Behavioral Medicine: A Guide for Clinical Practice
Format: Book Chapter
Publication Year: 2014
Publisher: McGraw-Hill Education
Place of Publication: New York, NY
Source ID: shanti-sources-45556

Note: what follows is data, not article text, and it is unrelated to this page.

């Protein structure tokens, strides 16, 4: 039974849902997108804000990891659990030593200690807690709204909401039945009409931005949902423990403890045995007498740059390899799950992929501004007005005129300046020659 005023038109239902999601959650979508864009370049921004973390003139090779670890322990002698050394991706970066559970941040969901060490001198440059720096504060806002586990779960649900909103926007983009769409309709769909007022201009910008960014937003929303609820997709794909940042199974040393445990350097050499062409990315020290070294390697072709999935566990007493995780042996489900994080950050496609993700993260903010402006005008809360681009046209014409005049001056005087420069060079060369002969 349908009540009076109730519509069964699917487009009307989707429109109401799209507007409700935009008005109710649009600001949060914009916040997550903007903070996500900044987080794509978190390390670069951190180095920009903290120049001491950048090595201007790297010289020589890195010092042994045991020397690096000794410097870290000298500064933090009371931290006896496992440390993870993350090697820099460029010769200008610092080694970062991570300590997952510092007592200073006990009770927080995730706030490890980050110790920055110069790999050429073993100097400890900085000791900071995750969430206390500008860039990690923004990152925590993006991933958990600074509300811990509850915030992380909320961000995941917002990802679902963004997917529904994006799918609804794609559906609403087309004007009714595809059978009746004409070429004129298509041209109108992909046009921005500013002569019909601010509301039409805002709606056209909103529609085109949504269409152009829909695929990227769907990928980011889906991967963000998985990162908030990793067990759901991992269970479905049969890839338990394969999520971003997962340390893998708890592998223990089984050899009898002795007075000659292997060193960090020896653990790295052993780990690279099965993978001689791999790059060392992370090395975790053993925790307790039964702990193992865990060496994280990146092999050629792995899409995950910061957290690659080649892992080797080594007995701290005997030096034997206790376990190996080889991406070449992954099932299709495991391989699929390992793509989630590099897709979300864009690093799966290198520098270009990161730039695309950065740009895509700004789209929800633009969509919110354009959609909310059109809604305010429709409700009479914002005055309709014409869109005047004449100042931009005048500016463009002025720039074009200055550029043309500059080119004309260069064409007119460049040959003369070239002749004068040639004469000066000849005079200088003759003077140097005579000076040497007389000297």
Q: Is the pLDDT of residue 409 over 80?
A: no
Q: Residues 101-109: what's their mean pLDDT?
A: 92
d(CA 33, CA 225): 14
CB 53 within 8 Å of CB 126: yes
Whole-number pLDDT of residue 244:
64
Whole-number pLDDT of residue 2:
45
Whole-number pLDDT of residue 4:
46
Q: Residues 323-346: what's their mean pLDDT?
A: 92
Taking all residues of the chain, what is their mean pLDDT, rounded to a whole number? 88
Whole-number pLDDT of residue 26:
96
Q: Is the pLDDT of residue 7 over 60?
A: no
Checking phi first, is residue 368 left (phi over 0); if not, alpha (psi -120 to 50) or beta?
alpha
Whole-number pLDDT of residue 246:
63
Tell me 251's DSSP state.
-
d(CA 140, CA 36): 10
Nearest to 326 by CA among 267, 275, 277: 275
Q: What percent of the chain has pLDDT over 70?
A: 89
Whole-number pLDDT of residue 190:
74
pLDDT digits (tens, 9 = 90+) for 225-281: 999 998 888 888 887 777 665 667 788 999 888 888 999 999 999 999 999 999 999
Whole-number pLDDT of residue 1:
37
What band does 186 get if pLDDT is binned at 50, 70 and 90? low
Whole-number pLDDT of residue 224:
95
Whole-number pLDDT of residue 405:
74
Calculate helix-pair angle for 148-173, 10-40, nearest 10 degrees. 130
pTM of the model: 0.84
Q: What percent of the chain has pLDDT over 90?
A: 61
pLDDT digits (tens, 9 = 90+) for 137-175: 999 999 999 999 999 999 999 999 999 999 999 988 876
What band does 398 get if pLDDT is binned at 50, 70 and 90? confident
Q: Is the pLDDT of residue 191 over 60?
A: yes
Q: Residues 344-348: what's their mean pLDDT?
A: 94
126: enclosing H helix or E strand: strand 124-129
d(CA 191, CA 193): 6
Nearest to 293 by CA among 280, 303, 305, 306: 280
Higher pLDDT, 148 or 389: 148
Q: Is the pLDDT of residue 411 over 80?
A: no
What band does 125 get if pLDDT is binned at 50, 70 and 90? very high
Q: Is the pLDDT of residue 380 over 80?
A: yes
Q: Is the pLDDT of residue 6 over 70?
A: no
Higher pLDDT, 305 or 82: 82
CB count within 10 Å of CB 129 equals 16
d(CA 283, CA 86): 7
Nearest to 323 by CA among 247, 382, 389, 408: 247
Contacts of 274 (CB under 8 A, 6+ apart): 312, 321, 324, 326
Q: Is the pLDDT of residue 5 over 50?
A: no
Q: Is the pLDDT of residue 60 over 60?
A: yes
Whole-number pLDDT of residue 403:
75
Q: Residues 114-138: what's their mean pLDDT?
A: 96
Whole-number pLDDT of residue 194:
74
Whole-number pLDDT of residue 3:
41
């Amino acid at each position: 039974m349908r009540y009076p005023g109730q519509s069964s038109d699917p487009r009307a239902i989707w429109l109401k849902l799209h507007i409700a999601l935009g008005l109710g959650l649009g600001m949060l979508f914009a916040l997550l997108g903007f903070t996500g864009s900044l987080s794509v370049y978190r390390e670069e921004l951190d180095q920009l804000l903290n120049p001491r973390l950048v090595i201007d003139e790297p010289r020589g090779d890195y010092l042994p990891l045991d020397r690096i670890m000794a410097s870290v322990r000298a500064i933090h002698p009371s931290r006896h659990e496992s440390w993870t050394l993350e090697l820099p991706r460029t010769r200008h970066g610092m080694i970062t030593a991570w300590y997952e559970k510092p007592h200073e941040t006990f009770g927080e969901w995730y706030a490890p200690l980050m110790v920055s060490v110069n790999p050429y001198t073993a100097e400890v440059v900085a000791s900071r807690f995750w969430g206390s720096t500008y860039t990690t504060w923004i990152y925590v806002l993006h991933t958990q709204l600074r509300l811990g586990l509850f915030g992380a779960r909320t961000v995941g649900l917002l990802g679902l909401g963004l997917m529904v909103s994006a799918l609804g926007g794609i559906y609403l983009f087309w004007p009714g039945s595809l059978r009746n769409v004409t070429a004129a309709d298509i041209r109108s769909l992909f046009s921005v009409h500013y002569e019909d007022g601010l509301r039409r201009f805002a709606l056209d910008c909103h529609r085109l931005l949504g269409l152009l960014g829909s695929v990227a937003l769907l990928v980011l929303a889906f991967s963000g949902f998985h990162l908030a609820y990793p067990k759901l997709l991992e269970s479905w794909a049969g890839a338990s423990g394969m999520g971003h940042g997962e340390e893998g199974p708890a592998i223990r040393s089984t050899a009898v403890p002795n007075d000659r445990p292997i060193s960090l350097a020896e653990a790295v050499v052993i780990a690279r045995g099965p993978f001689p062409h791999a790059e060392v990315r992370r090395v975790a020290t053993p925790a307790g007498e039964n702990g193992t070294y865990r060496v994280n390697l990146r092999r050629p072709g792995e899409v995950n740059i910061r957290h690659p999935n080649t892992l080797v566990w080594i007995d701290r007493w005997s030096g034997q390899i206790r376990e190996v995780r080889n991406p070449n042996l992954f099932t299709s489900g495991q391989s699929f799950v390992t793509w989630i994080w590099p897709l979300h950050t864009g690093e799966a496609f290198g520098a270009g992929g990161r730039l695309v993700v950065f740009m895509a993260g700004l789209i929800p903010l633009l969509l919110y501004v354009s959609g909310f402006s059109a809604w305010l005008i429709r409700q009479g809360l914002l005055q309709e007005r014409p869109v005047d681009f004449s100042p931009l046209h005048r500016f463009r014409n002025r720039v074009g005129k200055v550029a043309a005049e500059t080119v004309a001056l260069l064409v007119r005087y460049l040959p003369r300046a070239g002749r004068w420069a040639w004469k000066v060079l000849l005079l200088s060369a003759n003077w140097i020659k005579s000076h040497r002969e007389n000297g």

Abstract: CASE ILLUSTRATION 1Jeffrey Borzak, a patient I knew well, seemed to be recovering from coronary artery bypass surgery. On rounds, I sensed that there was something that was wrong, but I could not put my finger on it. In retrospect, his color was not quite right—he was grayish-pale, his blood pressure was too easily controlled, he was even hypotensive on one occasion, and he seemed more depressed than usual. He reported no chest pain or shortness of breath, and had no pedal edema, elevated jugular venous pressure, or other abnormalities on his physical examination. But still I did not feel comfortable, and although there were no “red flags,” I ordered an echocardiogram which showed a new area of ischemia. An angiogram showed that one of the grafts had occluded. After angioplasty, Mr. Borzak looked and felt better, and he again required his usual antihypertensive medications.